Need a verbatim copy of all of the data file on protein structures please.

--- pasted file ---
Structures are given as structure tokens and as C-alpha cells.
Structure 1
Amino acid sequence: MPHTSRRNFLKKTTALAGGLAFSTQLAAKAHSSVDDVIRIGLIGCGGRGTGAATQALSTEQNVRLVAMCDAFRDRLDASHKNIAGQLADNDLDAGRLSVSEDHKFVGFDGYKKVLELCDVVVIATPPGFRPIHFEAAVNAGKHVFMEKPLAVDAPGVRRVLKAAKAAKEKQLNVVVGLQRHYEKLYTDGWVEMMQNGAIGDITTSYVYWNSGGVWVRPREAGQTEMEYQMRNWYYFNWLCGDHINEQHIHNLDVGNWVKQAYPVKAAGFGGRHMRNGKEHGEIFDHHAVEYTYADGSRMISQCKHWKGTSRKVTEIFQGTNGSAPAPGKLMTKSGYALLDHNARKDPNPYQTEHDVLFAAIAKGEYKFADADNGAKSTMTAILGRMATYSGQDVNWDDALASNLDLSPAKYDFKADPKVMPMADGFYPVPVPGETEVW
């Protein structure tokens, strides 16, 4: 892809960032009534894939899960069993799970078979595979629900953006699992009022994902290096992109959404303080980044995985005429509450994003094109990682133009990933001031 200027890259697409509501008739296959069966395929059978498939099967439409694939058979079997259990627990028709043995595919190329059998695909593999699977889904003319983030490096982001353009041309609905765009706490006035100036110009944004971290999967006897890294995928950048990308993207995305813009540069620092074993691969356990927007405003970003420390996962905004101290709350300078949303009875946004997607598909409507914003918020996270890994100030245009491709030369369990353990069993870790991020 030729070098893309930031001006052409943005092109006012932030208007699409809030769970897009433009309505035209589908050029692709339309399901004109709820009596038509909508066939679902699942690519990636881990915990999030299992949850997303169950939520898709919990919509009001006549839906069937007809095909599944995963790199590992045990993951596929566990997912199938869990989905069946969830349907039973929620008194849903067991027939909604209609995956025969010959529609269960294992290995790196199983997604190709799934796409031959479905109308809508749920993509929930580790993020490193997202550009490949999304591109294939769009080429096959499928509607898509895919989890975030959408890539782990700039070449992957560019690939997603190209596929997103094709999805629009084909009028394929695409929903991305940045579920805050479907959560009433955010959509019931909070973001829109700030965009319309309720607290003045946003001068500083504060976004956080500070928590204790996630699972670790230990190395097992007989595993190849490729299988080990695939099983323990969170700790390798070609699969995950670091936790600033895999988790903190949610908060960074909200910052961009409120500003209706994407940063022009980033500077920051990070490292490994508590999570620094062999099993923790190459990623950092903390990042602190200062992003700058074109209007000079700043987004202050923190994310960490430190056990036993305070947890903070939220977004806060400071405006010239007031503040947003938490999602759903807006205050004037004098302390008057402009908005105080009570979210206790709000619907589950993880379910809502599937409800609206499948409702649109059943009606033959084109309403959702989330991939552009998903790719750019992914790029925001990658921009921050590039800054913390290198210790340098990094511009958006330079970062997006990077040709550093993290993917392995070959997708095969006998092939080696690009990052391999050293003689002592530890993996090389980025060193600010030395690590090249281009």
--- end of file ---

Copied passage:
Structures are given as structure tokens and as C-alpha cells.
Structure 1
Amino acid sequence: MPHTSRRNFLKKTTALAGGLAFSTQLAAKAHSSVDDVIRIGLIGCGGRGTGAATQALSTEQNVRLVAMCDAFRDRLDASHKNIAGQLADNDLDAGRLSVSEDHKFVGFDGYKKVLELCDVVVIATPPGFRPIHFEAAVNAGKHVFMEKPLAVDAPGVRRVLKAAKAAKEKQLNVVVGLQRHYEKLYTDGWVEMMQNGAIGDITTSYVYWNSGGVWVRPREAGQTEMEYQMRNWYYFNWLCGDHINEQHIHNLDVGNWVKQAYPVKAAGFGGRHMRNGKEHGEIFDHHAVEYTYADGSRMISQCKHWKGTSRKVTEIFQGTNGSAPAPGKLMTKSGYALLDHNARKDPNPYQTEHDVLFAAIAKGEYKFADADNGAKSTMTAILGRMATYSGQDVNWDDALASNLDLSPAKYDFKADPKVMPMADGFYPVPVPGETEVW
């Protein structure tokens, strides 16, 4: 892809960032009534894939899960069993799970078979595979629900953006699992009022994902290096992109959404303080980044995985005429509450994003094109990682133009990933001031 200027890259697409509501008739296959069966395929059978498939099967439409694939058979079997259990627990028709043995595919190329059998695909593999699977889904003319983030490096982001353009041309609905765009706490006035100036110009944004971290999967006897890294995928950048990308993207995305813009540069620092074993691969356990927007405003970003420390996962905004101290709350300078949303009875946004997607598909409507914003918020996270890994100030245009491709030369369990353990069993870790991020 030729070098893309930031001006052409943005092109006012932030208007699409809030769970897009433009309505035209589908050029692709339309399901004109709820009596038509909508066939679902699942690519990636881990915990999030299992949850997303169950939520898709919990919509009001006549839906069937007809095909599944995963790199590992045990993951596929566990997912199938869990989905069946969830349907039973929620008194849903067991027939909604209609995956025969010959529609269960294992290995790196199983997604190709799934796409031959479905109308809508749920993509929930580790993020490193997202550009490949999304591109294939769009080429096959499928509607898509895919989890975030959408890539782990700039070449992957560019690939997603190209596929997103094709999805629009084909009028394929695409929903991305940045579920805050479907959560009433955010959509019931909070973001829109700030965009319309309720607290003045946003001068500083504060976004956080500070928590204790996630699972670790230990190395097992007989595993190849490729299988080990695939099983323990969170700790390798070609699969995950670091936790600033895999988790903190949610908060960074909200910052961009409120500003209706994407940063022009980033500077920051990070490292490994508590999570620094062999099993923790190459990623950092903390990042602190200062992003700058074109209007000079700043987004202050923190994310960490430190056990036993305070947890903070939220977004806060400071405006010239007031503040947003938490999602759903807006205050004037004098302390008057402009908005105080009570979210206790709000619907589950993880379910809502599937409800609206499948409702649109059943009606033959084109309403959702989330991939552009998903790719750019992914790029925001990658921009921050590039800054913390290198210790340098990094511009958006330079970062997006990077040709550093993290993917392995070959997708095969006998092939080696690009990052391999050293003689002592530890993996090389980025060193600010030395690590090249281009």